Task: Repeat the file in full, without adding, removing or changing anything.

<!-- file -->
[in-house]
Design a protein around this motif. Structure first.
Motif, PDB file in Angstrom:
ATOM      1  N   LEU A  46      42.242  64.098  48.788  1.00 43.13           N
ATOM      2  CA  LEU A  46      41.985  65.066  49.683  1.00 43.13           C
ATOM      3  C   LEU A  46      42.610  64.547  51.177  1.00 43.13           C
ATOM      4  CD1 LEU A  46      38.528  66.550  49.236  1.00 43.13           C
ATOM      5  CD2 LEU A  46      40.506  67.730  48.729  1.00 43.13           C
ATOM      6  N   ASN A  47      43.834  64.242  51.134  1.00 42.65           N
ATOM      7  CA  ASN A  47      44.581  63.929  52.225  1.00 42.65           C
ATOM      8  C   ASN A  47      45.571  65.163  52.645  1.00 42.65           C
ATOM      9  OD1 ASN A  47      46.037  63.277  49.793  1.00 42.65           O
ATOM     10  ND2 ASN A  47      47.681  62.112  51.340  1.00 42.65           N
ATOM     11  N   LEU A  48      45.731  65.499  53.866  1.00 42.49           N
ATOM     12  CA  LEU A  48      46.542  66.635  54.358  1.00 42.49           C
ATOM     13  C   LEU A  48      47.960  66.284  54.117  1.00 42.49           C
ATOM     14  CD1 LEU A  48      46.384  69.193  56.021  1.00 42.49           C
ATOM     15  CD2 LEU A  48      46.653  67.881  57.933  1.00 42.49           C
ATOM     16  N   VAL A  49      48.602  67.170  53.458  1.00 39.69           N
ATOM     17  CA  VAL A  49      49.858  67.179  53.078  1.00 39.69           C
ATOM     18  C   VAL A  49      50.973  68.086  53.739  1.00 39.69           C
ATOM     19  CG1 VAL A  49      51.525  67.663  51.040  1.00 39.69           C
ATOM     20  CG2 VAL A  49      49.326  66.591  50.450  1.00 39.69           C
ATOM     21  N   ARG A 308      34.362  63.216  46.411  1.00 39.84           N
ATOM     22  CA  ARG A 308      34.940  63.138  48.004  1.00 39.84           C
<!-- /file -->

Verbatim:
[in-house]
Design a protein around this motif. Structure first.
Motif, PDB file in Angstrom:
ATOM      1  N   LEU A  46      42.242  64.098  48.788  1.00 43.13           N
ATOM      2  CA  LEU A  46      41.985  65.066  49.683  1.00 43.13           C
ATOM      3  C   LEU A  46      42.610  64.547  51.177  1.00 43.13           C
ATOM      4  CD1 LEU A  46      38.528  66.550  49.236  1.00 43.13           C
ATOM      5  CD2 LEU A  46      40.506  67.730  48.729  1.00 43.13           C
ATOM      6  N   ASN A  47      43.834  64.242  51.134  1.00 42.65           N
ATOM      7  CA  ASN A  47      44.581  63.929  52.225  1.00 42.65           C
ATOM      8  C   ASN A  47      45.571  65.163  52.645  1.00 42.65           C
ATOM      9  OD1 ASN A  47      46.037  63.277  49.793  1.00 42.65           O
ATOM     10  ND2 ASN A  47      47.681  62.112  51.340  1.00 42.65           N
ATOM     11  N   LEU A  48      45.731  65.499  53.866  1.00 42.49           N
ATOM     12  CA  LEU A  48      46.542  66.635  54.358  1.00 42.49           C
ATOM     13  C   LEU A  48      47.960  66.284  54.117  1.00 42.49           C
ATOM     14  CD1 LEU A  48      46.384  69.193  56.021  1.00 42.49           C
ATOM     15  CD2 LEU A  48      46.653  67.881  57.933  1.00 42.49           C
ATOM     16  N   VAL A  49      48.602  67.170  53.458  1.00 39.69           N
ATOM     17  CA  VAL A  49      49.858  67.179  53.078  1.00 39.69           C
ATOM     18  C   VAL A  49      50.973  68.086  53.739  1.00 39.69           C
ATOM     19  CG1 VAL A  49      51.525  67.663  51.040  1.00 39.69           C
ATOM     20  CG2 VAL A  49      49.326  66.591  50.450  1.00 39.69           C
ATOM     21  N   ARG A 308      34.362  63.216  46.411  1.00 39.84           N
ATOM     22  CA  ARG A 308      34.940  63.138  48.004  1.00 39.84           C